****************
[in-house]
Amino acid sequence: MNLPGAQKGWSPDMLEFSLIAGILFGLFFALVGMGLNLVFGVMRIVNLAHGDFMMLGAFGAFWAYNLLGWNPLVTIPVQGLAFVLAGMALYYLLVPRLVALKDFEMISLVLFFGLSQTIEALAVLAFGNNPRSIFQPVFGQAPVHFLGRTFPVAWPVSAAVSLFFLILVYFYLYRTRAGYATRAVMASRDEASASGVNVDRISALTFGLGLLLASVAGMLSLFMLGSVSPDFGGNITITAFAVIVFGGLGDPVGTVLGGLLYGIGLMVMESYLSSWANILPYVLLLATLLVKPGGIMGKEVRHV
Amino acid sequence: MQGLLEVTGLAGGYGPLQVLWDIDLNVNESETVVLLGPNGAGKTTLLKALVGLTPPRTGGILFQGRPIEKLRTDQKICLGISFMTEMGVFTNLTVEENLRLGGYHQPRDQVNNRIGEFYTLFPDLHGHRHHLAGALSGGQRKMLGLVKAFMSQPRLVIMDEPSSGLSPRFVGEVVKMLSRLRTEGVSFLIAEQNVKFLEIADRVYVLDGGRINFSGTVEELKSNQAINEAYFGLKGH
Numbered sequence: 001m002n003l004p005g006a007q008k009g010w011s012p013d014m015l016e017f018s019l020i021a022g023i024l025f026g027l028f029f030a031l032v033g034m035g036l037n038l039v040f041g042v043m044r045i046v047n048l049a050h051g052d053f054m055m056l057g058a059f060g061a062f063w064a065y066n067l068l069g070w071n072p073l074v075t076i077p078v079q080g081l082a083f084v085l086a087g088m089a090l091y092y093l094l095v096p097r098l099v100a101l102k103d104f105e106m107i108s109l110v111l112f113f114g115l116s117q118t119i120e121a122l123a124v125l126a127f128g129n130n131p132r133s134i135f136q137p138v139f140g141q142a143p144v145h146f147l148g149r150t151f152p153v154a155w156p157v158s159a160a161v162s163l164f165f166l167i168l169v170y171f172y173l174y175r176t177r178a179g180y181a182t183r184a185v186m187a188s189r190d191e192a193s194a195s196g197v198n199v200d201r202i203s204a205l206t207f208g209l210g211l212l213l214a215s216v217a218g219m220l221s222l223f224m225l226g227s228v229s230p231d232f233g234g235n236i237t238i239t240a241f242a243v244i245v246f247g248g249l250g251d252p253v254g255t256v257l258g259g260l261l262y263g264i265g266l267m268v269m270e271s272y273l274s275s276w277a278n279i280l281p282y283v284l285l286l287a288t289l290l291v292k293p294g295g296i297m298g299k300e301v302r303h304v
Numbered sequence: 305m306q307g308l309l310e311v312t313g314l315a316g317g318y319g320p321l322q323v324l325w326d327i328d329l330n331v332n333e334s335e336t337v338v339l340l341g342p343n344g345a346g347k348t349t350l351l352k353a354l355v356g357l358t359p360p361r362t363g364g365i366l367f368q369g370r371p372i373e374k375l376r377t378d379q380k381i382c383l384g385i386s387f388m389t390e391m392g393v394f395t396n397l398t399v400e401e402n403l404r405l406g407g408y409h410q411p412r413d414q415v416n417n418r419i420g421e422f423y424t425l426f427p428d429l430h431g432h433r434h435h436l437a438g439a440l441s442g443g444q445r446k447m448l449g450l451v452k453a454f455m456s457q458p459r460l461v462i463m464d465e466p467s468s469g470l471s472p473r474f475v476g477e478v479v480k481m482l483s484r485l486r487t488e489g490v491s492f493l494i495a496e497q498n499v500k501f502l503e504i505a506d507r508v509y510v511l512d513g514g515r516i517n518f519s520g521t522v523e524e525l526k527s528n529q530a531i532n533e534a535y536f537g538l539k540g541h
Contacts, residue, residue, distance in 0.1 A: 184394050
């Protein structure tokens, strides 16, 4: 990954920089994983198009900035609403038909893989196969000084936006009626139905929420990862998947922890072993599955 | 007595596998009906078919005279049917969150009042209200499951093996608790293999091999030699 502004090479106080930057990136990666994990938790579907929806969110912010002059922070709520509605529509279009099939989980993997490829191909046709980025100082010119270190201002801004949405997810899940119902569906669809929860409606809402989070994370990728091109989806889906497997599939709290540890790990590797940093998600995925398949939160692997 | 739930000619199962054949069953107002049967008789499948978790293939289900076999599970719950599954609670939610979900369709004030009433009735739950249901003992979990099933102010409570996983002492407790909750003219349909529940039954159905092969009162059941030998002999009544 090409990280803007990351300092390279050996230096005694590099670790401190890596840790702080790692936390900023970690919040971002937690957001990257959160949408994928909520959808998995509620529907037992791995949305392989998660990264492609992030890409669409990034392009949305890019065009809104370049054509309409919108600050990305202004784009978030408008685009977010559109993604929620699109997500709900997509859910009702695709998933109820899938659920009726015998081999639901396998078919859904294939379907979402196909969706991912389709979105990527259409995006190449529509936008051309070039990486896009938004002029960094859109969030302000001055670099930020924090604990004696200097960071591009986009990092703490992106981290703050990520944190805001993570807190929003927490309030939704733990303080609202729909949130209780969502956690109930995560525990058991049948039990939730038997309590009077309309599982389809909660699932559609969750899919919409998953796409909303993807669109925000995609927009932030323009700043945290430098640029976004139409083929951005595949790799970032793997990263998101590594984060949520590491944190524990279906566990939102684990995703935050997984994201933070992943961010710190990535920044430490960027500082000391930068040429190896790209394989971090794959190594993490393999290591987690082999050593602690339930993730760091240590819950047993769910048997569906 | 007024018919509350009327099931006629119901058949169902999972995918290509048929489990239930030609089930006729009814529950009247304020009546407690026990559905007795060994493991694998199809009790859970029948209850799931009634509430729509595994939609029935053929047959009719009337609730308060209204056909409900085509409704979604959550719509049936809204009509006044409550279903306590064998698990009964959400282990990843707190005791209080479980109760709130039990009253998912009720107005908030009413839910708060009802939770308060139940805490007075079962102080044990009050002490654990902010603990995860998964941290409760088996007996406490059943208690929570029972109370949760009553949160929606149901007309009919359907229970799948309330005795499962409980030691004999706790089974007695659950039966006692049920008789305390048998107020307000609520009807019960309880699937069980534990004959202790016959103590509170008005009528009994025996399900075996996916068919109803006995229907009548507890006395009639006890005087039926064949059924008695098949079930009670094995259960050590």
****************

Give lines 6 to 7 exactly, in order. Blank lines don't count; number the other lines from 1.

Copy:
Contacts, residue, residue, distance in 0.1 A: 184394050
């Protein structure tokens, strides 16, 4: 990954920089994983198009900035609403038909893989196969000084936006009626139905929420990862998947922890072993599955 | 007595596998009906078919005279049917969150009042209200499951093996608790293999091999030699 502004090479106080930057990136990666994990938790579907929806969110912010002059922070709520509605529509279009099939989980993997490829191909046709980025100082010119270190201002801004949405997810899940119902569906669809929860409606809402989070994370990728091109989806889906497997599939709290540890790990590797940093998600995925398949939160692997 | 739930000619199962054949069953107002049967008789499948978790293939289900076999599970719950599954609670939610979900369709004030009433009735739950249901003992979990099933102010409570996983002492407790909750003219349909529940039954159905092969009162059941030998002999009544 090409990280803007990351300092390279050996230096005694590099670790401190890596840790702080790692936390900023970690919040971002937690957001990257959160949408994928909520959808998995509620529907037992791995949305392989998660990264492609992030890409669409990034392009949305890019065009809104370049054509309409919108600050990305202004784009978030408008685009977010559109993604929620699109997500709900997509859910009702695709998933109820899938659920009726015998081999639901396998078919859904294939379907979402196909969706991912389709979105990527259409995006190449529509936008051309070039990486896009938004002029960094859109969030302000001055670099930020924090604990004696200097960071591009986009990092703490992106981290703050990520944190805001993570807190929003927490309030939704733990303080609202729909949130209780969502956690109930995560525990058991049948039990939730038997309590009077309309599982389809909660699932559609969750899919919409998953796409909303993807669109925000995609927009932030323009700043945290430098640029976004139409083929951005595949790799970032793997990263998101590594984060949520590491944190524990279906566990939102684990995703935050997984994201933070992943961010710190990535920044430490960027500082000391930068040429190896790209394989971090794959190594993490393999290591987690082999050593602690339930993730760091240590819950047993769910048997569906 | 007024018919509350009327099931006629119901058949169902999972995918290509048929489990239930030609089930006729009814529950009247304020009546407690026990559905007795060994493991694998199809009790859970029948209850799931009634509430729509595994939609029935053929047959009719009337609730308060209204056909409900085509409704979604959550719509049936809204009509006044409550279903306590064998698990009964959400282990990843707190005791209080479980109760709130039990009253998912009720107005908030009413839910708060009802939770308060139940805490007075079962102080044990009050002490654990902010603990995860998964941290409760088996007996406490059943208690929570029972109370949760009553949160929606149901007309009919359907229970799948309330005795499962409980030691004999706790089974007695659950039966006692049920008789305390048998107020307000609520009807019960309880699937069980534990004959202790016959103590509170008005009528009994025996399900075996996916068919109803006995229907009548507890006395009639006890005087039926064949059924008695098949079930009670094995259960050590």